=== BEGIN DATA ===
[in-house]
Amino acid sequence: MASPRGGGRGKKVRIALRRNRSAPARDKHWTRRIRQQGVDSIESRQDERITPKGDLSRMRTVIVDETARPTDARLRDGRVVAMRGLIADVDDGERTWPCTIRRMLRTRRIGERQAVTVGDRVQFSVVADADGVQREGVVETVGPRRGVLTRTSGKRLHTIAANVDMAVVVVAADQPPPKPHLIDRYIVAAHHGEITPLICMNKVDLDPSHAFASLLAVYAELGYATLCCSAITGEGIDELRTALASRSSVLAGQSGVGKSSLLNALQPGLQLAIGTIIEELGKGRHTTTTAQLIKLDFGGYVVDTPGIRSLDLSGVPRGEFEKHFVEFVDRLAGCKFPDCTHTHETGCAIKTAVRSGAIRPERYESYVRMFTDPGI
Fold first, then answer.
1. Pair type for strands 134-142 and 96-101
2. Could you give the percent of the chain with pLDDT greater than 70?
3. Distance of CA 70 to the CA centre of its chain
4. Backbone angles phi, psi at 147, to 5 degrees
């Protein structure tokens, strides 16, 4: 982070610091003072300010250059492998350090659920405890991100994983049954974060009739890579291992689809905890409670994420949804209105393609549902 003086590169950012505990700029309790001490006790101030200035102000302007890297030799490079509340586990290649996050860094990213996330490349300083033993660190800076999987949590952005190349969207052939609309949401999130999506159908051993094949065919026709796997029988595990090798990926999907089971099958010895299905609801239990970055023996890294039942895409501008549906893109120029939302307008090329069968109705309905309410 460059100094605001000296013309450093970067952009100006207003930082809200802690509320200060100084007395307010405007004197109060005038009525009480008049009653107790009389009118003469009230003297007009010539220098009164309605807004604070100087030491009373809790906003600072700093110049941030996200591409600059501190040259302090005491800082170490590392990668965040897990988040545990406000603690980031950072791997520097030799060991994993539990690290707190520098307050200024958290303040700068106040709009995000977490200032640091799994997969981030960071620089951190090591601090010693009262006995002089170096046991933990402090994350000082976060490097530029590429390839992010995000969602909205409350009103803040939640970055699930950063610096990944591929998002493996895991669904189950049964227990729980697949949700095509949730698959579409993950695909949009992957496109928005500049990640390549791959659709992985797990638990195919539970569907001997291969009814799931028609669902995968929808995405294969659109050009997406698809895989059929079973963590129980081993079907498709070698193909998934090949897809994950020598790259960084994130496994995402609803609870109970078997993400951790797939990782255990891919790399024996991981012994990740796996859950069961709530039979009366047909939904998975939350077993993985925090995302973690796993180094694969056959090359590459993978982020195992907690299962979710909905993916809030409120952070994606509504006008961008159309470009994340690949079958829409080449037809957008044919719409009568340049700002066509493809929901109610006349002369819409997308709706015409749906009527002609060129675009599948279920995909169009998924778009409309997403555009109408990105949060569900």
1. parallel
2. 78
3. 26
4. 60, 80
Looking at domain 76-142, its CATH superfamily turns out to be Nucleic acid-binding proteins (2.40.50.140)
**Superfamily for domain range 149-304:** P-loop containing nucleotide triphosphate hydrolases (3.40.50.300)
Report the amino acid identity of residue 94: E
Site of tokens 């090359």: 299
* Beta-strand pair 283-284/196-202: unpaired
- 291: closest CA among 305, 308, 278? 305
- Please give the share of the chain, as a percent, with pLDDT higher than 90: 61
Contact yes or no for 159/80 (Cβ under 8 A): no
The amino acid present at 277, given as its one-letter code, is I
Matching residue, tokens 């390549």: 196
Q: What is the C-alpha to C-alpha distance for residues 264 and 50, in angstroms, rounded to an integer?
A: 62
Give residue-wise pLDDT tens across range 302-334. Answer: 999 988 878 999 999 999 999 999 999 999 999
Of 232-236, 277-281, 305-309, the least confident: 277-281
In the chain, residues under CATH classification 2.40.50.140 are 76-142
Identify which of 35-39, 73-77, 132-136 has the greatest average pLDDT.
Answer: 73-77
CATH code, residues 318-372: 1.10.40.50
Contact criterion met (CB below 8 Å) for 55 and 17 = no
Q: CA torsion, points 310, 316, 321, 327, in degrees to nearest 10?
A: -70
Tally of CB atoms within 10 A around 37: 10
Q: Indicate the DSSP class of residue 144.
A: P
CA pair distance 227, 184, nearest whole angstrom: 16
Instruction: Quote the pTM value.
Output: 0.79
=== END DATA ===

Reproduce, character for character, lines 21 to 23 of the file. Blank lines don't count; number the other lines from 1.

The amino acid present at 277, given as its one-letter code, is I
Matching residue, tokens 């390549």: 196
Q: What is the C-alpha to C-alpha distance for residues 264 and 50, in angstroms, rounded to an integer?